Overall, I found the blues of the water shown on the displays to truly demonstrate the color depth and accuracy. Demos showed many seabound game scenarios, which have many similar color tones. Still, the distinct contrast between the blues of the water, and the greys and metals of the ships and fighter planes was apparent.
The racing game demos showed the brightness and color range. Reds were sharp and racing car blacks were distinct. Even the details on neighboring cars were not lost while focusing on what would be the main player.
Additionally, in comparison to the laptop connected to the monitor, which gave off a glare, and the LG UltraGear OLED QHD, which remained in a deep black, when transitioning to the all-black screen with the LG UltraGear branding, further demonstrated the color accuracy of the display.
Even if gaming is the primary use case for a high refresh rate, it also allows for more productivity-focused tasks, such as fluid web scrolling. LG said the LG UltraGear OLED QHD response time is much faster that its LG OLED TVs and 100 times faster than the average LCD TV. This feature also aids in drastically reducing input lag and motion blur compared to LCD monitors.
The exact specifications for the display include a 26.5-inch flat 2560x 1440 resolution OLED panel with a 240Hz refresh rate, a 16:9 aspect ratio, and a 0.03ms GtG response time. It also has a color gamut of DCI-P3 98.5%, a contrast ratio of 1,500,000:1, a color depth of 1.07 billion colors, a pixel density of 110.8 pixels per inch (PPI), in addition to a typical brightness of 200 nits and a peak brightness of 800 nits at HDR 10.
HDR is obviously a huge benefit of moving to OLED and is a great example of something conventional IPS just can’t replicate. With a peak brightness of 800 nits and the fantastic contrast of OLED, you’re bound to get some decent HDR performance out of this thing, even if it doesn’t get quite as bright as the Alienware 34 QD-OLED. Gaming in HDR is something most PC gamers still haven’t experienced, and it makes a huge difference to the visual quality of games that support it.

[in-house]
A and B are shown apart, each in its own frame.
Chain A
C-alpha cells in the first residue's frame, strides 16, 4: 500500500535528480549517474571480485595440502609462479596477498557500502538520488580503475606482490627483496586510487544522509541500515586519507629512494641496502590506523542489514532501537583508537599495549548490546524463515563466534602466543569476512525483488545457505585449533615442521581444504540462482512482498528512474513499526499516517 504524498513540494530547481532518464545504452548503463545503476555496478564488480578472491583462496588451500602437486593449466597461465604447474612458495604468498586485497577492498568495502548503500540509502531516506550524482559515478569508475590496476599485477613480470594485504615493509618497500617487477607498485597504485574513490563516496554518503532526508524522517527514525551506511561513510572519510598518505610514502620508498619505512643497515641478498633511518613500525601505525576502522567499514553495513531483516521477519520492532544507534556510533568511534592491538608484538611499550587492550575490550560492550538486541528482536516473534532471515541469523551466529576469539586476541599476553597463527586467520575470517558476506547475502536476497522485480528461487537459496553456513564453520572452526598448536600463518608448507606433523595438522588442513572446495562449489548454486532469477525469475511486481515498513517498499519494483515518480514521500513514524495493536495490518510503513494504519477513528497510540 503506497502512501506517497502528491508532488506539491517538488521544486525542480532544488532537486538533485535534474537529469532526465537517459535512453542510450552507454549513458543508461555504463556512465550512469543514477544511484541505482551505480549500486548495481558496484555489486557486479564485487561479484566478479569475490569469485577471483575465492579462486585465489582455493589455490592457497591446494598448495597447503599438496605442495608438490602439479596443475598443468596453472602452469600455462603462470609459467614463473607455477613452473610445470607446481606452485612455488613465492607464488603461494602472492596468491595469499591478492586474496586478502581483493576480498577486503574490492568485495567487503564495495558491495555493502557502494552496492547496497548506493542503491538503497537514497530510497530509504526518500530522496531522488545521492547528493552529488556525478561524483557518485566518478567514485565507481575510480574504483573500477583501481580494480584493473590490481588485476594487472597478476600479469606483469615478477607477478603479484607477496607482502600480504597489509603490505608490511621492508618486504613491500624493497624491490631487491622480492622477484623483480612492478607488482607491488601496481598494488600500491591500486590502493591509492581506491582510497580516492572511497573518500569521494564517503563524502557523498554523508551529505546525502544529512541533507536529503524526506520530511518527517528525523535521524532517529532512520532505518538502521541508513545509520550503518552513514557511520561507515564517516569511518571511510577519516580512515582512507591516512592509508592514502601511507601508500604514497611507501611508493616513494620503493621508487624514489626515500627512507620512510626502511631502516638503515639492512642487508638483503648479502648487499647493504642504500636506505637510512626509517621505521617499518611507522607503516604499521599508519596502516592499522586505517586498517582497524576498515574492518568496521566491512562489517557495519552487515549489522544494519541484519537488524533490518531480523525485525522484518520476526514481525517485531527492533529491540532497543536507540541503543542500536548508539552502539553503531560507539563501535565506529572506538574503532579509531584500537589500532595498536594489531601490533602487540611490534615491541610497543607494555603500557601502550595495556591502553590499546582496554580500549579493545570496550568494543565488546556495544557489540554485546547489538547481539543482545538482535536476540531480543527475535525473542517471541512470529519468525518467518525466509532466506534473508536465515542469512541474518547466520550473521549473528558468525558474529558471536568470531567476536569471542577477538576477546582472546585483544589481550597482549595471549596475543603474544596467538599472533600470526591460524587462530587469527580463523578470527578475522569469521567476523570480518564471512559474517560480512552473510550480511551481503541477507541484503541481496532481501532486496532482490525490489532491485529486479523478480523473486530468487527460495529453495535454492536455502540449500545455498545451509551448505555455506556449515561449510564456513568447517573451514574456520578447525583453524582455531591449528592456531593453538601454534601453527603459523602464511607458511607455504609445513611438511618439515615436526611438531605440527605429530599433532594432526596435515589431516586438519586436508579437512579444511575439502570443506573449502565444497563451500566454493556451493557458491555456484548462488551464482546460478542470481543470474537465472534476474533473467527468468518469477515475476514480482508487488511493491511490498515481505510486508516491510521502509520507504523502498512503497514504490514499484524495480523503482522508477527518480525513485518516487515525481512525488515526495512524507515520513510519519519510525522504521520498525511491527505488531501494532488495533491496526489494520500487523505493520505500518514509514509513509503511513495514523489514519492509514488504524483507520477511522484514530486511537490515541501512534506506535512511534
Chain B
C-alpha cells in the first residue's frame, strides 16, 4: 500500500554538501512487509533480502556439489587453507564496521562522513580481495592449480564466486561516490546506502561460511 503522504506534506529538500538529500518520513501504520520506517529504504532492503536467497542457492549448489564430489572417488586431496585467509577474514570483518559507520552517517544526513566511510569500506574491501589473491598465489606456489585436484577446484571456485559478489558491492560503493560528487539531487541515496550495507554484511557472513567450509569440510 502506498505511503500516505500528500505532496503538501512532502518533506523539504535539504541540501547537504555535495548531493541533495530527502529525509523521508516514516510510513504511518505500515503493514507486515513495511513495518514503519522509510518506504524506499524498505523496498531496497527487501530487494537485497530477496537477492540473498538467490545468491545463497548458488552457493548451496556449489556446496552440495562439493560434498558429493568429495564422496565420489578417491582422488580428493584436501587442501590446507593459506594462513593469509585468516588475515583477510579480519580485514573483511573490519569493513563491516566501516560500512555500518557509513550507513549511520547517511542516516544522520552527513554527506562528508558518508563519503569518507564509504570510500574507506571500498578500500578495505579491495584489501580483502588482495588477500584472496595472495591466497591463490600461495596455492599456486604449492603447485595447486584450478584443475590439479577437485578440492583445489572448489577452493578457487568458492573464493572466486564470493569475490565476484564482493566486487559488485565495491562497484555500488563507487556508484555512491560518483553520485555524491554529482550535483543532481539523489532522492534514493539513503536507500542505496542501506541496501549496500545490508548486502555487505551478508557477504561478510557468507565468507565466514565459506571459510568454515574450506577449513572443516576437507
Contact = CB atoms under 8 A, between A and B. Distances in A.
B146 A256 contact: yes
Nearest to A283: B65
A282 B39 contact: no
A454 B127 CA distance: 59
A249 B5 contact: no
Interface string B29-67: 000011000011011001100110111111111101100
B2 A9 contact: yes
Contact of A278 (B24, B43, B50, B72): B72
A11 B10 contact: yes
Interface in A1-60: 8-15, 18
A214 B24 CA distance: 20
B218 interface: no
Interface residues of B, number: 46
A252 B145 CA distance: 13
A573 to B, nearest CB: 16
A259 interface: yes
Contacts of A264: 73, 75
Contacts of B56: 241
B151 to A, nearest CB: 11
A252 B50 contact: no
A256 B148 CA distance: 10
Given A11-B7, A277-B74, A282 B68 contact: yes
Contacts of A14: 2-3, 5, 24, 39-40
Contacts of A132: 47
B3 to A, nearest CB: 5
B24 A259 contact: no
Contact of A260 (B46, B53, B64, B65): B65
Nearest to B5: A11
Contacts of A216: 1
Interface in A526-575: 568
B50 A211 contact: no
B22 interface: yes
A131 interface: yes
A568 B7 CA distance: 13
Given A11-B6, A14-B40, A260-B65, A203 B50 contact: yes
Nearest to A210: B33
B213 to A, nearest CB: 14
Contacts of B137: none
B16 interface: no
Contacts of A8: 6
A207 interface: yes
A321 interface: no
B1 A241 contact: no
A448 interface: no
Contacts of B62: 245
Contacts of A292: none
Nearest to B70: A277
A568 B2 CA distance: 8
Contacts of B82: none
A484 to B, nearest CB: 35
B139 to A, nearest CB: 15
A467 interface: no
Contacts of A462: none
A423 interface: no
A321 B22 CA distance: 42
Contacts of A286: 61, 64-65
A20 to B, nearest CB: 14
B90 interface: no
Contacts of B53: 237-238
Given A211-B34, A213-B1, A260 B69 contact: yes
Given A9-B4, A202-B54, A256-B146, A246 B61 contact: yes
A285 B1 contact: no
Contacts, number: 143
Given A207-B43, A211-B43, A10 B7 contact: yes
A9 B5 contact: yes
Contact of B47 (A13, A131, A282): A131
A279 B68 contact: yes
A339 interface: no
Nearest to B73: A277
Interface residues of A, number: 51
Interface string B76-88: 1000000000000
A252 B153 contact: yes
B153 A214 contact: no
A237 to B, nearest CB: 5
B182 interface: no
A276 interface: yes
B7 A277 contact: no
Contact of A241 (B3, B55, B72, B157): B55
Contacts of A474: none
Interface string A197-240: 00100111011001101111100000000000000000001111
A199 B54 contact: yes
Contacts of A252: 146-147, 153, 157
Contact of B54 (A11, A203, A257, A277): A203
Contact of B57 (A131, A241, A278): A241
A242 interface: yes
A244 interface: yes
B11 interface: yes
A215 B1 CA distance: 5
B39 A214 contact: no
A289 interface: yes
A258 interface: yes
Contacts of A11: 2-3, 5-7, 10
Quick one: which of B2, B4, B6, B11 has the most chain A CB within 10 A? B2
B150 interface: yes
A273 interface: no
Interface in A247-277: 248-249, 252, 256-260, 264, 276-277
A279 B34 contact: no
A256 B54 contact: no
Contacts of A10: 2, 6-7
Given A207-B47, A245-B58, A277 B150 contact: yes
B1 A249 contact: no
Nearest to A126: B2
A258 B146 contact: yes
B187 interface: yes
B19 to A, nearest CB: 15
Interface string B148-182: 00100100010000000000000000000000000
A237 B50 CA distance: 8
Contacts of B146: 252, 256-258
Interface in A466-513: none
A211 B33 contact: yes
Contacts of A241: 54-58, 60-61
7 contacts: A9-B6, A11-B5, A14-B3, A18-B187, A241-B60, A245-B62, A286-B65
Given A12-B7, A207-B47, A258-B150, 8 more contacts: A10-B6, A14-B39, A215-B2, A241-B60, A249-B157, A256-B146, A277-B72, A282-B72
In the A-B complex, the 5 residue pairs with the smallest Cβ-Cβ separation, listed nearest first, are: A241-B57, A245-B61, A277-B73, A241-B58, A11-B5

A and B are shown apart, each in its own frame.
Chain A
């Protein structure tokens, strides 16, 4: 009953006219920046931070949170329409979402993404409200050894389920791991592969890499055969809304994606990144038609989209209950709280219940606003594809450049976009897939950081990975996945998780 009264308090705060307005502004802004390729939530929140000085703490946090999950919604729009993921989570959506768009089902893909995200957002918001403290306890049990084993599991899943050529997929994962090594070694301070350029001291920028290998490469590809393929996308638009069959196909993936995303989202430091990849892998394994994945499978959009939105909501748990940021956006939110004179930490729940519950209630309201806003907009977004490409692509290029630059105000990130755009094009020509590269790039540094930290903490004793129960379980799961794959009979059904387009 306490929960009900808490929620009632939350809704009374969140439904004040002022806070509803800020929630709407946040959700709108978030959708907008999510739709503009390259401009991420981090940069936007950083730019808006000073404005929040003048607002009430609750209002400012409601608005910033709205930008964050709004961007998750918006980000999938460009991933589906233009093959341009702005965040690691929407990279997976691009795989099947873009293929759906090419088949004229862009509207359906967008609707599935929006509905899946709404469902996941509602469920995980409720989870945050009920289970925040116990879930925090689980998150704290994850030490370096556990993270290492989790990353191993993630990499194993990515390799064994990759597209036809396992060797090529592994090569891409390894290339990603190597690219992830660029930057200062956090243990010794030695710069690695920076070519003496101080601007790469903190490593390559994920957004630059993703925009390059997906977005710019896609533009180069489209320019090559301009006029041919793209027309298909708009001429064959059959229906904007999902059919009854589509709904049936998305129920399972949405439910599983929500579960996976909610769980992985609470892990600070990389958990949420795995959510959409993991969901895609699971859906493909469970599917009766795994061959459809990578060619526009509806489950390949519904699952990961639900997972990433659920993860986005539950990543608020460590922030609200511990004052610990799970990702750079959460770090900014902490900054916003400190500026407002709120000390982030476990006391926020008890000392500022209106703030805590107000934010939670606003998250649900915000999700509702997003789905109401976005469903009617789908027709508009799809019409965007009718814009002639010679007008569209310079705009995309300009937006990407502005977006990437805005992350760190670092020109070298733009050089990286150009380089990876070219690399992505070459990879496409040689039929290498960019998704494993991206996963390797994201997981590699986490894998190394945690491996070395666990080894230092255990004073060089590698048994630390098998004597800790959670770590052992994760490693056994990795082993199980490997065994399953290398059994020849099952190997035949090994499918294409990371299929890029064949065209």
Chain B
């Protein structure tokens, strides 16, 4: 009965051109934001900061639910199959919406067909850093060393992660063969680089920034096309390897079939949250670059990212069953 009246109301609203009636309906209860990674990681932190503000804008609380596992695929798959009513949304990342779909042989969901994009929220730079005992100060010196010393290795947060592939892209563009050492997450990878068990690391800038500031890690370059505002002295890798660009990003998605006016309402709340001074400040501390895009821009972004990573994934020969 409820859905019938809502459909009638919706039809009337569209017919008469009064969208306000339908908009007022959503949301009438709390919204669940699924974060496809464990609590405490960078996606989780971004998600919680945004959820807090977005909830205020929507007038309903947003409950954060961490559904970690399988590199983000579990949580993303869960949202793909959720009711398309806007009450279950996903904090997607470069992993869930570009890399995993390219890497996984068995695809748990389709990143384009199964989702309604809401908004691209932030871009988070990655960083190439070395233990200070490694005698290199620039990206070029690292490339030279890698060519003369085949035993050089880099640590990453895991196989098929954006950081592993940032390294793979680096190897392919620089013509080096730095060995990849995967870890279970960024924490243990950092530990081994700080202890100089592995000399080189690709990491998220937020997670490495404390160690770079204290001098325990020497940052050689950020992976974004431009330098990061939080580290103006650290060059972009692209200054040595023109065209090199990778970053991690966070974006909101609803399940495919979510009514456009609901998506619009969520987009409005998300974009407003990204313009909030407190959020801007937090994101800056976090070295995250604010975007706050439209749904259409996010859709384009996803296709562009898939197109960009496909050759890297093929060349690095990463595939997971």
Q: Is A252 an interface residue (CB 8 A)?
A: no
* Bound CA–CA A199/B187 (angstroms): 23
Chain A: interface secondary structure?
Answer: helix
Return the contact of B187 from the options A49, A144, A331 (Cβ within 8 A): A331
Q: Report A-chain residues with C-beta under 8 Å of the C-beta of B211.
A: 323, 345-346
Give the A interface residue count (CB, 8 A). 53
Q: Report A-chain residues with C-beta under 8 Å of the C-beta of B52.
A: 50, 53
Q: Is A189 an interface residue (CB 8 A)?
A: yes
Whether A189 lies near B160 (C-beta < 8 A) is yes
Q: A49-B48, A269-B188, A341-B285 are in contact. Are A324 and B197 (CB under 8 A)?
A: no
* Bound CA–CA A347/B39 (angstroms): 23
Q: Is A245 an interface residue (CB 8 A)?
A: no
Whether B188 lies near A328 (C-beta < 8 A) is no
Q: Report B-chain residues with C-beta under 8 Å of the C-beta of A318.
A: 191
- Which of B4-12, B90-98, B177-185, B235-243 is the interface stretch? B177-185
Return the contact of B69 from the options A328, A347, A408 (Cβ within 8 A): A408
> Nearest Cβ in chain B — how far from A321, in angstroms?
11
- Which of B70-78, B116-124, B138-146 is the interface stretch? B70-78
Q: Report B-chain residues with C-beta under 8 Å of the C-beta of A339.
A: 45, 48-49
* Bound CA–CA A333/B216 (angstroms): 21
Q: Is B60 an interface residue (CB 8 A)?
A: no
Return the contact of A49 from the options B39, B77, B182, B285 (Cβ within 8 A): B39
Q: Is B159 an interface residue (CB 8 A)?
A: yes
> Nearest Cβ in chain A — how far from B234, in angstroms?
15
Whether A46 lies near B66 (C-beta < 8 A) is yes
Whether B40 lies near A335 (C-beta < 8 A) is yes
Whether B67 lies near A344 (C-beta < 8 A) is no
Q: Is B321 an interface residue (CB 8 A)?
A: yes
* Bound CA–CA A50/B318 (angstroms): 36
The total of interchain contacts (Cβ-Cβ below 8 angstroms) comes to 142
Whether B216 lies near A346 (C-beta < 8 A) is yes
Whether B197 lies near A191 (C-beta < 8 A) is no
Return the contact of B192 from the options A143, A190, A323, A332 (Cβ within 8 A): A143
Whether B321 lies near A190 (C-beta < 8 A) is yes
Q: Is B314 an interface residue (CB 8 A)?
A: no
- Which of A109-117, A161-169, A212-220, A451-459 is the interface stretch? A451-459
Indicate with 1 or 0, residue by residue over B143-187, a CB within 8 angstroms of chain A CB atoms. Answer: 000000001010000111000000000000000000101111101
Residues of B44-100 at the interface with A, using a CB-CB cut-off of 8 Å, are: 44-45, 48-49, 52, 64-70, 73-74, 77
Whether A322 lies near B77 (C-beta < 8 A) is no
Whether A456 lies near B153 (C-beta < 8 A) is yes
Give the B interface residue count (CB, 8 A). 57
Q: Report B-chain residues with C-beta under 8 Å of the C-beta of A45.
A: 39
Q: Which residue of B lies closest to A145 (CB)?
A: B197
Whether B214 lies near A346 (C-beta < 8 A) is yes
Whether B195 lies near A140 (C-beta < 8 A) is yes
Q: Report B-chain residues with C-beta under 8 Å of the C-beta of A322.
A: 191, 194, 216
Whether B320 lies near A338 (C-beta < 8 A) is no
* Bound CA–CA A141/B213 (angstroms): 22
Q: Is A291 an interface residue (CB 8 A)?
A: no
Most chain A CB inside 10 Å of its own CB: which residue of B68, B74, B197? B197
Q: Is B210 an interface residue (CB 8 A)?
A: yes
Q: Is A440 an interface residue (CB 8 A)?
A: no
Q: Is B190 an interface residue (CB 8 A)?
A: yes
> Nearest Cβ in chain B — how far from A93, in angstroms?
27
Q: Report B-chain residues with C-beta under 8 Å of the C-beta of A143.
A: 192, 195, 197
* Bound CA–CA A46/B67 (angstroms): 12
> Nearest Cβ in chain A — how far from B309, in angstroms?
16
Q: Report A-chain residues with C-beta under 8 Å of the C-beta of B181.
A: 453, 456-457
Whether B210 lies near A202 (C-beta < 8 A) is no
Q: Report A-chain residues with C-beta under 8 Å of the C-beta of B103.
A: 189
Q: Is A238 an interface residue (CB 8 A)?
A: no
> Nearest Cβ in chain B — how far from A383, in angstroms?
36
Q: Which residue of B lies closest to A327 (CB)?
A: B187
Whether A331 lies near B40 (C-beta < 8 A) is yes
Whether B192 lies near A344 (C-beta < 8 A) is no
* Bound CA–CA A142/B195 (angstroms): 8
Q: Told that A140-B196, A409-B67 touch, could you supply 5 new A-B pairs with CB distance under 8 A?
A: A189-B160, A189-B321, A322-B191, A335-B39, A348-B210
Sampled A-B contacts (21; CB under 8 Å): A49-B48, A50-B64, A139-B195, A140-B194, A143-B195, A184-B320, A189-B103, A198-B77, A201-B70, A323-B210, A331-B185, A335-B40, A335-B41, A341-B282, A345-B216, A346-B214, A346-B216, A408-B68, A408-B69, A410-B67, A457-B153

Viewing angles on the UltraGear OLED, meanwhile, range from 178 degrees left to right and 178 degrees up and down. The display is also coated with anti-glare and low-reflection treatments to reduce the blue light bar allowing for reduced eye strain and discomfort and longer gaming.
The 200 nits of typical brightness seems a bit low, however, especially if you happen to have your PC set up near a window. We’ll have to wait to test it ourselves to get a feel for it, though.
While I didn’t get to test out hands-on gameplay myself on the UltraGear OLED QHD, LG did have members of their partner esports team Evil Geniuses on hand to show off their gaming skills and to share their experiences playing on displays. They demonstrated playing Valorant on the 27-inch and 45-inch curved models respectively, giving their opinions of the gaming performance.
I found it most interesting that the gamers were easily able to detect each other within the gameplay while being fully immersed in the game and not having to move their heads around too much. The Evil Geniuses members relayed a similar sentiment, explaining the displays solve common issues where high refresh rates or frame rates on a display might equal diminished resolution and vice versa. They found the new LG UltraGear OLED models helped them stay more focused on their gameplay without having to worry about imperfections on the displays.
LG also noted that the latest high-end graphics cards such as the Nvidia RTX 4090 are expected to pair well with the UltraGear OLED QHD, supporting features such as its high resolution and fast frame rates simultaneously. This will allow gamers to maintain picture quality and gaming performance at the same time.
Who is the 27 UltraGear OLED QHD for?
It is clear that the LG 27-inch UltraGear OLED QHD is for gamers or even game enthusiasts. Its HDR performance and numerous gaming features make it fairly stacked as one of the go-to options for 2023. Even still, its $1,000 price is a great value proposition for those who intend to multitask and use the peripheral for not only gaming but for professional work or schoolwork as well.
I would have liked to see some additional features included, such as built-in speakers and more USB ports, but many of these challenges can be addressed with accessories that PC gamers already own.
The LG UltraGear OLED gaming monitor series consists of 27-inch flat and 45-inch curved models, which are currently available for preorder ahead of CES 2023 in January exclusively at LG.com. The gaming monitors come with the offer of expedited two-day shipping, and a free gaming pad, valued at $200.